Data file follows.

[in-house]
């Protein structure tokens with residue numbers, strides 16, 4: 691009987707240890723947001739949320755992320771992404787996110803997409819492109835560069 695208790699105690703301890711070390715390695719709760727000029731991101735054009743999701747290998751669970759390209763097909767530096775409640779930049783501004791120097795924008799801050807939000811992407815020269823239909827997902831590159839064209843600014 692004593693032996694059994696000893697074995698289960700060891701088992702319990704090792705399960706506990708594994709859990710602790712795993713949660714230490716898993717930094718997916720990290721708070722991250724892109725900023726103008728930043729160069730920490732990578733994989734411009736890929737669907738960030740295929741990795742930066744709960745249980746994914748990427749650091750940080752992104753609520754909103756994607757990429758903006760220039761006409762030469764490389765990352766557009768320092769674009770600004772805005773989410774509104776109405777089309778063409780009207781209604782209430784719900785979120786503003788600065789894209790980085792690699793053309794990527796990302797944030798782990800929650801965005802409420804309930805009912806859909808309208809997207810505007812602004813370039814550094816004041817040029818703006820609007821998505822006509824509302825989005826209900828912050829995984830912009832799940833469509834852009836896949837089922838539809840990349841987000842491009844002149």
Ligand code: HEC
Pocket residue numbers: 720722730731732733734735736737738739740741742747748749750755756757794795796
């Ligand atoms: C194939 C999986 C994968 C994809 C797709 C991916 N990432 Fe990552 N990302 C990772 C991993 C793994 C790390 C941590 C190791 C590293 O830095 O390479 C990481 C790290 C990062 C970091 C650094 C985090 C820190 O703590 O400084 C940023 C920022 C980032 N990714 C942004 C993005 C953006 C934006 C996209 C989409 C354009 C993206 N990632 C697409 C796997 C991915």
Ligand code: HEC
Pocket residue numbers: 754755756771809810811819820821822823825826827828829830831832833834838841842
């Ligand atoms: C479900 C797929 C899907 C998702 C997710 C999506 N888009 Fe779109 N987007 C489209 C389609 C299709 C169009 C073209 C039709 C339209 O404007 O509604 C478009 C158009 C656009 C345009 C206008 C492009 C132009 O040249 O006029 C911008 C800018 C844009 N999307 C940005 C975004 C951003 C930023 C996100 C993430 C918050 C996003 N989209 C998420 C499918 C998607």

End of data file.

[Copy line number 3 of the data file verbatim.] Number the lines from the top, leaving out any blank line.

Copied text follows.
Ligand code: HEC